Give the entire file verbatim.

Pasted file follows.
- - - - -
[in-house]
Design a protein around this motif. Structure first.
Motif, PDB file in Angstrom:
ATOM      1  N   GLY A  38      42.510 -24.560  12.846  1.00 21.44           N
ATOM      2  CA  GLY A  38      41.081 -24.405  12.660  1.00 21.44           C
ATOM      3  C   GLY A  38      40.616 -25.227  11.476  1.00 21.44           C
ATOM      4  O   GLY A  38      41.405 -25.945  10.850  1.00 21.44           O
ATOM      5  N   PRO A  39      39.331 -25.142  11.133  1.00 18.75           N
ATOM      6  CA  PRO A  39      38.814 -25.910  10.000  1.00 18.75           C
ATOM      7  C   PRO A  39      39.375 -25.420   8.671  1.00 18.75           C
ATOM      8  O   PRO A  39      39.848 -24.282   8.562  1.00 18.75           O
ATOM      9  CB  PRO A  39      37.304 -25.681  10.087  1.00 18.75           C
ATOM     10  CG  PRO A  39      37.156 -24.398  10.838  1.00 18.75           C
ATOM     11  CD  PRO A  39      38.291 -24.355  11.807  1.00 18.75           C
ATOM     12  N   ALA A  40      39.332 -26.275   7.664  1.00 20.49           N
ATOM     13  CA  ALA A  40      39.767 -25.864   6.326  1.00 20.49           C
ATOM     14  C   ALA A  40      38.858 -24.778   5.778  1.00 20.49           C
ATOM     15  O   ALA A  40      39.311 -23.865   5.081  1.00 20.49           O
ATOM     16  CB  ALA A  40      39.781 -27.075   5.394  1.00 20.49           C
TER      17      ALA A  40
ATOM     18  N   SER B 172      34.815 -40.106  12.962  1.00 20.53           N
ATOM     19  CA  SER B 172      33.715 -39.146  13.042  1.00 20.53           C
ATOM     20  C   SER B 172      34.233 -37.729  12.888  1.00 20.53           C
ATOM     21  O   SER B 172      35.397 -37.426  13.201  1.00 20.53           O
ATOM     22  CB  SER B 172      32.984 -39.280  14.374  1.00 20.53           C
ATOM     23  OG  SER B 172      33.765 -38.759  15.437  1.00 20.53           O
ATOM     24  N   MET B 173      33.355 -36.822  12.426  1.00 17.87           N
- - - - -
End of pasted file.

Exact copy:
[in-house]
Design a protein around this motif. Structure first.
Motif, PDB file in Angstrom:
ATOM      1  N   GLY A  38      42.510 -24.560  12.846  1.00 21.44           N
ATOM      2  CA  GLY A  38      41.081 -24.405  12.660  1.00 21.44           C
ATOM      3  C   GLY A  38      40.616 -25.227  11.476  1.00 21.44           C
ATOM      4  O   GLY A  38      41.405 -25.945  10.850  1.00 21.44           O
ATOM      5  N   PRO A  39      39.331 -25.142  11.133  1.00 18.75           N
ATOM      6  CA  PRO A  39      38.814 -25.910  10.000  1.00 18.75           C
ATOM      7  C   PRO A  39      39.375 -25.420   8.671  1.00 18.75           C
ATOM      8  O   PRO A  39      39.848 -24.282   8.562  1.00 18.75           O
ATOM      9  CB  PRO A  39      37.304 -25.681  10.087  1.00 18.75           C
ATOM     10  CG  PRO A  39      37.156 -24.398  10.838  1.00 18.75           C
ATOM     11  CD  PRO A  39      38.291 -24.355  11.807  1.00 18.75           C
ATOM     12  N   ALA A  40      39.332 -26.275   7.664  1.00 20.49           N
ATOM     13  CA  ALA A  40      39.767 -25.864   6.326  1.00 20.49           C
ATOM     14  C   ALA A  40      38.858 -24.778   5.778  1.00 20.49           C
ATOM     15  O   ALA A  40      39.311 -23.865   5.081  1.00 20.49           O
ATOM     16  CB  ALA A  40      39.781 -27.075   5.394  1.00 20.49           C
TER      17      ALA A  40
ATOM     18  N   SER B 172      34.815 -40.106  12.962  1.00 20.53           N
ATOM     19  CA  SER B 172      33.715 -39.146  13.042  1.00 20.53           C
ATOM     20  C   SER B 172      34.233 -37.729  12.888  1.00 20.53           C
ATOM     21  O   SER B 172      35.397 -37.426  13.201  1.00 20.53           O
ATOM     22  CB  SER B 172      32.984 -39.280  14.374  1.00 20.53           C
ATOM     23  OG  SER B 172      33.765 -38.759  15.437  1.00 20.53           O
ATOM     24  N   MET B 173      33.355 -36.822  12.426  1.00 17.87           N